Beginning next year, the threshold at which small business income is eligible for the reduced federal tax rate will increase by $100 000, to $400 000. The 12-percent rate for eligible small business income will be reduced by a full percentage point over the next two and a half years. We have eliminated the federal capital tax, two years ahead of schedule. The corporate surtax will be abolished in 2008, and, by 2010, Canada’s general corporate tax rate will have dropped by two full percentage points.
Budget 2006 also outlined the reduction of paper burden on small and medium-sized businesses as a priority. Like the Canadian Chamber of Commerce, Canada’s government recognizes that time is money, especially when it comes to regulatory matters. We are working with partners such as the Canadian Federation of Independent Business and the Canadian Manufacturers & Exporters association to bring about real results from the Paperwork Burden Reduction Initiative. Processes are being streamlined and, as the Minister responsible, I am committed to working within the federal government and with our partners in the provinces and territories to increase the pace of regulatory reform.
In addition, we continue to refine the BizPaL initiative, working with our partners in the provinces, territories and municipalities to give business people easy, one-stop access to the business permit and licence process for all levels of government.
Improving the business environment also means enhancing trade relations with other countries. Already we have moved decisively to improve the working relationship with the Americans – our largest trading partner and closest ally. We have reached an agreement with the United States to bring an end to the longstanding softwood lumber dispute. It ensures a greater certainty for businesses in this industry that will allow them to innovate, invest, grow and expand.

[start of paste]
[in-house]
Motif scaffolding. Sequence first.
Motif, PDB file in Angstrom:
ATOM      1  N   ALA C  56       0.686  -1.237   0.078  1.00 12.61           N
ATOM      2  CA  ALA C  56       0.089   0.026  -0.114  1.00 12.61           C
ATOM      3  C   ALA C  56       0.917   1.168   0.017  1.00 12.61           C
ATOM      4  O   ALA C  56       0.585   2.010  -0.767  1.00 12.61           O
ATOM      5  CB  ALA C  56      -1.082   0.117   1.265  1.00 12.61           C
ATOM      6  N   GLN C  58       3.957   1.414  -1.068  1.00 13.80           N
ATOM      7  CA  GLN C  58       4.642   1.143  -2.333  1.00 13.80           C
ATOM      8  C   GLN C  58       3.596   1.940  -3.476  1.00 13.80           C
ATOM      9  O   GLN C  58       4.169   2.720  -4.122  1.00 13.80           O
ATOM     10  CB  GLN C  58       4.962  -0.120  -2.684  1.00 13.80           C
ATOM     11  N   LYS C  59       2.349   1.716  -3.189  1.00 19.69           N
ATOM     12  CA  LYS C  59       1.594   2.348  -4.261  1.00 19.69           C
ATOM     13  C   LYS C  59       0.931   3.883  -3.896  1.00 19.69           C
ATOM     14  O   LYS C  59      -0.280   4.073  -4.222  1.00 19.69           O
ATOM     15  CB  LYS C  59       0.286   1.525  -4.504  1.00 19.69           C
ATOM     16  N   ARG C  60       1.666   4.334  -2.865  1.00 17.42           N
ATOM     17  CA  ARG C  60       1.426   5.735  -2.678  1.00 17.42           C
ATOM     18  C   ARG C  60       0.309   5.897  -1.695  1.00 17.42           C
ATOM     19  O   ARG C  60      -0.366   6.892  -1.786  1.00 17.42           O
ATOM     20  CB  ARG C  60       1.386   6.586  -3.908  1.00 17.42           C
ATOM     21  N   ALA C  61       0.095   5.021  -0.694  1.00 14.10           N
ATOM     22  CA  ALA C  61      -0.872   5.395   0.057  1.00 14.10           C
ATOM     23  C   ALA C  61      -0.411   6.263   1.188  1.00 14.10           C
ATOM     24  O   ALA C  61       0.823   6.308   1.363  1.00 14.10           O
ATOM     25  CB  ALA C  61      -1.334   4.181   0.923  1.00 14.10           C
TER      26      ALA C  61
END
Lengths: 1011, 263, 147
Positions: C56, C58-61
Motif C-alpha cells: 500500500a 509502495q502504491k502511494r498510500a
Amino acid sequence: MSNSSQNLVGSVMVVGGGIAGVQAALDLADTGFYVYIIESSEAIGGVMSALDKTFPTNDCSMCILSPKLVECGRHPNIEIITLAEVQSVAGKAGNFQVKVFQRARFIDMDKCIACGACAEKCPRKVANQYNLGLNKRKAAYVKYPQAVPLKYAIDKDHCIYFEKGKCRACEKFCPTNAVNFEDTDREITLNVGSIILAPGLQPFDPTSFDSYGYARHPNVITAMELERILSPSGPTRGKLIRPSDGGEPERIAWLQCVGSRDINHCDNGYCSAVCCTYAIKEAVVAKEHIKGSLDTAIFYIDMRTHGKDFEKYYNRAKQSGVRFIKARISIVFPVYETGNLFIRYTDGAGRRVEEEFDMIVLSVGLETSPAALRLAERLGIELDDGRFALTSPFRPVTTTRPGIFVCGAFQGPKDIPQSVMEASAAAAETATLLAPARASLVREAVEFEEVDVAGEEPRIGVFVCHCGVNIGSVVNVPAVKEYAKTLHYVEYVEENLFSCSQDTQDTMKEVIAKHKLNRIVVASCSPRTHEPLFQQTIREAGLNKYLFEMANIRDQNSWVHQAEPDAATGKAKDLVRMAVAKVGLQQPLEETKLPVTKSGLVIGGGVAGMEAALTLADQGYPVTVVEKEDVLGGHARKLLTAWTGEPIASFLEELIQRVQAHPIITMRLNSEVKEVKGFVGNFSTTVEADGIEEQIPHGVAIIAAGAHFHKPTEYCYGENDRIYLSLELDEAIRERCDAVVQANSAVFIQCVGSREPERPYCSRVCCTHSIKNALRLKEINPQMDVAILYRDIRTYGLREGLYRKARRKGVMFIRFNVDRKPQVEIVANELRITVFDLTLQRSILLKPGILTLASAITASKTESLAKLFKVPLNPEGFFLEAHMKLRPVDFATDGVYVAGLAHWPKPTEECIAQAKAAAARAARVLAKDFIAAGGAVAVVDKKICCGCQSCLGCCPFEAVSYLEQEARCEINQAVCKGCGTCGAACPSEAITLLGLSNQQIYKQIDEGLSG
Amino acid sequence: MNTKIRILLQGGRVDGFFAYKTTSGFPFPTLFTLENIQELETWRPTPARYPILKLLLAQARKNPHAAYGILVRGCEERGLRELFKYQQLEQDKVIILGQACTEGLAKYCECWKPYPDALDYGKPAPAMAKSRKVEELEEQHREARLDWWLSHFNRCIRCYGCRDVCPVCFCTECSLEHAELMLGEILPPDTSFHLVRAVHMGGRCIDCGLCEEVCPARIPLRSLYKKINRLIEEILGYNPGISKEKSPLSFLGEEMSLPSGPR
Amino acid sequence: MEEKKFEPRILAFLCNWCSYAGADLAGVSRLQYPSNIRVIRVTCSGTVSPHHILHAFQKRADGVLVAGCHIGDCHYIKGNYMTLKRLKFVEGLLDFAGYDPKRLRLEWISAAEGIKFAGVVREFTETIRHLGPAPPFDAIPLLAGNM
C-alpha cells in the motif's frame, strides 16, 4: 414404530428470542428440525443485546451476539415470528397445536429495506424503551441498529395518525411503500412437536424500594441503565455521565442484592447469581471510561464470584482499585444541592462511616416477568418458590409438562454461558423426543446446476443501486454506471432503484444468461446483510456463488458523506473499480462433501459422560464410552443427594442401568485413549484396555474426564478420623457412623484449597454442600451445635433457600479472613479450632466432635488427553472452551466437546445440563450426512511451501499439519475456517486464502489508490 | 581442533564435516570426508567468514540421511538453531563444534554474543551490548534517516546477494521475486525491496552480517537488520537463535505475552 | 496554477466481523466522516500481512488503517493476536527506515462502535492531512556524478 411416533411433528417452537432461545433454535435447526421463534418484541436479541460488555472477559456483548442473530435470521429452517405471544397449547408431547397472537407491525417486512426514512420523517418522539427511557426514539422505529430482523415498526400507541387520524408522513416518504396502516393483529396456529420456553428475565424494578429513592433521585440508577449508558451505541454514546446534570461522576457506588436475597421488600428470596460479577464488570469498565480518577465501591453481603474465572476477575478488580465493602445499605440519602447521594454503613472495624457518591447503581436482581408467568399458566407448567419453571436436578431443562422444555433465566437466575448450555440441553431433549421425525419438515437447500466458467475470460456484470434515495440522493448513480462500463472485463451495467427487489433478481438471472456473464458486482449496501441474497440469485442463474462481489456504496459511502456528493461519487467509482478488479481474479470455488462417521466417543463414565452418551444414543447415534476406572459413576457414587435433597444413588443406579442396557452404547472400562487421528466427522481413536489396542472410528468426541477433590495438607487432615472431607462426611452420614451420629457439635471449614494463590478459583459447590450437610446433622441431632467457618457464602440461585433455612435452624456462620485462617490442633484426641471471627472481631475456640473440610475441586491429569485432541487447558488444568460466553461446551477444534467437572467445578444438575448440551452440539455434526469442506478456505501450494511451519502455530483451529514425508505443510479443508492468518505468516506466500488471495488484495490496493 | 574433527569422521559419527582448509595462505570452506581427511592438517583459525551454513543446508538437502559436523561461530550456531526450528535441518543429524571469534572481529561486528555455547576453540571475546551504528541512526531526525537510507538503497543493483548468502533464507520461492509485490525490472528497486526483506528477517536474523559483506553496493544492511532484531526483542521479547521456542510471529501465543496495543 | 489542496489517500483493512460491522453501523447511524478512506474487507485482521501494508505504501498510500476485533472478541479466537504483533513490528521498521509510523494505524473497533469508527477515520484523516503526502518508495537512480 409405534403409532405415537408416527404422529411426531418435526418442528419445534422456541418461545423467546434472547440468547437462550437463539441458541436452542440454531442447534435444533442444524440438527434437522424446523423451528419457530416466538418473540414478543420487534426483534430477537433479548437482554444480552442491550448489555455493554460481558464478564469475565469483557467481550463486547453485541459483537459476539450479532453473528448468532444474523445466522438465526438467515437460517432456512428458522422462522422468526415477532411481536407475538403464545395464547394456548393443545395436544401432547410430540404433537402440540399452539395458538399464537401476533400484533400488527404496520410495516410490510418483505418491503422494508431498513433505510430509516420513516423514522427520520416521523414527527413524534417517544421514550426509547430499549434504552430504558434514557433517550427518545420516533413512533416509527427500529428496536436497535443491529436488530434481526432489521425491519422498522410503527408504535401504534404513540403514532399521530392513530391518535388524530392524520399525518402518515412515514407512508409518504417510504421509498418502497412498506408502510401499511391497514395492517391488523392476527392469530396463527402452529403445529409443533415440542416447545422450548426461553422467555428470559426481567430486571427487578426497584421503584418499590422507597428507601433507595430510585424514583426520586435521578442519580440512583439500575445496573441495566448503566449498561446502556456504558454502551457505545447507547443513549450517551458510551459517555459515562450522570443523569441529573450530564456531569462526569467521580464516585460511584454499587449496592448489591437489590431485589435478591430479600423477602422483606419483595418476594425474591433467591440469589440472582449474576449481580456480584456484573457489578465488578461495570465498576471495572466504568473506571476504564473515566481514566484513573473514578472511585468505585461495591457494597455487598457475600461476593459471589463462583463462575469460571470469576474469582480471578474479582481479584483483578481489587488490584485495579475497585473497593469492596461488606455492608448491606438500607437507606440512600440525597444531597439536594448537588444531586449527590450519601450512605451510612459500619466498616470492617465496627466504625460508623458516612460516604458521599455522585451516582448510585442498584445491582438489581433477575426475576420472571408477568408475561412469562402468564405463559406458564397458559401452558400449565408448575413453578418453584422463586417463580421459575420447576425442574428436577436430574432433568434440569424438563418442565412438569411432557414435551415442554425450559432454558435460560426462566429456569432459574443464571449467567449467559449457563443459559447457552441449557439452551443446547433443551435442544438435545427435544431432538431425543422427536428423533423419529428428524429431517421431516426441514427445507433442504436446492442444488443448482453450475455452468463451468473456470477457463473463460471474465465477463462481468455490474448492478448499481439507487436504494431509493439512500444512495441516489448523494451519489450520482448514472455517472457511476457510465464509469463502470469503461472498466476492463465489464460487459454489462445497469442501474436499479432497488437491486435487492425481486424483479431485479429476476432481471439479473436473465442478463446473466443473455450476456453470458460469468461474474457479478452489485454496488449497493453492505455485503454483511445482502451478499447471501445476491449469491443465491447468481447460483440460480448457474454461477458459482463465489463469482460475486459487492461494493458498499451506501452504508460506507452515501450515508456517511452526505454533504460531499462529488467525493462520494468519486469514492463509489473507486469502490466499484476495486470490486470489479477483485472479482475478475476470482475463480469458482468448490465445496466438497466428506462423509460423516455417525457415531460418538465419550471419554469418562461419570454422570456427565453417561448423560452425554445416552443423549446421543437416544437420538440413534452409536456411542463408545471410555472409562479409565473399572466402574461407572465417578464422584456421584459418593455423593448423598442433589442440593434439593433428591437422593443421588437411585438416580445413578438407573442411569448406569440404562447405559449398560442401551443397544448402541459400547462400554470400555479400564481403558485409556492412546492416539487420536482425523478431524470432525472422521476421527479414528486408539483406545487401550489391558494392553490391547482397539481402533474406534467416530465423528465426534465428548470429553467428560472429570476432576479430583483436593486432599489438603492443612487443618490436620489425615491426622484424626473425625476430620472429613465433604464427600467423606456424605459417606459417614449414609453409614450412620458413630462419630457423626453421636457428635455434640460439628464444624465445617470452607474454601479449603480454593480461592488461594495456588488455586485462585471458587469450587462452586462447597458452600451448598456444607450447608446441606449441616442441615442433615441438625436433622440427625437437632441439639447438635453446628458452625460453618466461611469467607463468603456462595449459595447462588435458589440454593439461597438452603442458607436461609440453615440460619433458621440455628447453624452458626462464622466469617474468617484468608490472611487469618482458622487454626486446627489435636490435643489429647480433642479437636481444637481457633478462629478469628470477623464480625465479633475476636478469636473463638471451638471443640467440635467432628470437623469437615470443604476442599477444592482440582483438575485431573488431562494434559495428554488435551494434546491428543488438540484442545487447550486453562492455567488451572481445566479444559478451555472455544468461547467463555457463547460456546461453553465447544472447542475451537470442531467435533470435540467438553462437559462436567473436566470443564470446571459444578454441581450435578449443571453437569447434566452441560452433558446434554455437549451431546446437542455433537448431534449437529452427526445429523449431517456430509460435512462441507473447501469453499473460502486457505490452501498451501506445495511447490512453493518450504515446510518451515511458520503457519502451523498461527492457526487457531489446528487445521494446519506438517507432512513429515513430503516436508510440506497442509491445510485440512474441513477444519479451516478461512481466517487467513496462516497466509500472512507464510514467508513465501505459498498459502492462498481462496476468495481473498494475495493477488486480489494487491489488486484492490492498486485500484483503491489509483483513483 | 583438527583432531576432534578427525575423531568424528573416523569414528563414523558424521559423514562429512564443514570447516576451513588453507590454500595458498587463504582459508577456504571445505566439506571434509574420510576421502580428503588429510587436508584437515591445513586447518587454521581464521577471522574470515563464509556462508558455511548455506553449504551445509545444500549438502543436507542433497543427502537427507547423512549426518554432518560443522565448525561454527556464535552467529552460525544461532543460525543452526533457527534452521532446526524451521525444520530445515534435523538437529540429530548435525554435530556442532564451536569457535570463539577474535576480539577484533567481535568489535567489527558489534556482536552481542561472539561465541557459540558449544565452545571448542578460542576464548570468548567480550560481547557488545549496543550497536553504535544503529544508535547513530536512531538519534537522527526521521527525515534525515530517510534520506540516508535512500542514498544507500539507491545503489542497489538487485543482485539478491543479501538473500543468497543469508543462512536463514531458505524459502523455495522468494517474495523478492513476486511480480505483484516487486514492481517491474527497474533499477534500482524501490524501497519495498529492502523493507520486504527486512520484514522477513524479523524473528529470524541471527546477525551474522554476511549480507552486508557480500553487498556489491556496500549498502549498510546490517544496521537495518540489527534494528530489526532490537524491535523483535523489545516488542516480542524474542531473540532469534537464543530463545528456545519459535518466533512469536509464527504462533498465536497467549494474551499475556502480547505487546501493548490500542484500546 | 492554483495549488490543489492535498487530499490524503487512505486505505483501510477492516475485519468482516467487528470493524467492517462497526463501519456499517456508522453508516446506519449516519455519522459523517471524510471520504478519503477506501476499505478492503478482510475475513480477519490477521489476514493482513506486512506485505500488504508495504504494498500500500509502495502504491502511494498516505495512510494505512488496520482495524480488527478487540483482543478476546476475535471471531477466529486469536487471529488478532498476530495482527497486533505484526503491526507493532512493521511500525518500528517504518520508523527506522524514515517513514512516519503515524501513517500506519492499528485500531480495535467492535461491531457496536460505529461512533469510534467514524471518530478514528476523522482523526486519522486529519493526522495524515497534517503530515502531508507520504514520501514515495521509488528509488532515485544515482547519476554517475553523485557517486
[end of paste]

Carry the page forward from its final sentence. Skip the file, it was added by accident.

We are also building upon existing relations with China, our fastest-growing and second-largest national trading partner. Our nations have enjoyed a long and mutually beneficial trade partnership, and we will continue developing this important relationship.
These are only a few examples of what we have accomplished. And more will come.
For too long in this country, we have had too much government on our back and too much government in our pockets. The government’s role is to create an environment that does not punish people who work more and earn more money, but rather encourages them.
As Ronald Reagan once said, the role of the government is not: If it moves, tax it; if it keeps moving, regulate it; and if it stops moving, subsidize it. Good government policy gives people the opportunity to look to the future, to dream and to realize their dreams. This is what living in a great and free country is all about.
Today I’ve spoken about values that I know you share. I’m not asking you to believe in yourselves; you already do. I’m not asking you to be entrepreneurs; you already are. But I will ask you to work with me, and with my colleagues in Canada’s new government, to build a freer, more dynamic and competitive economy.
Ladies and gentlemen, entrepreneurs, thank you.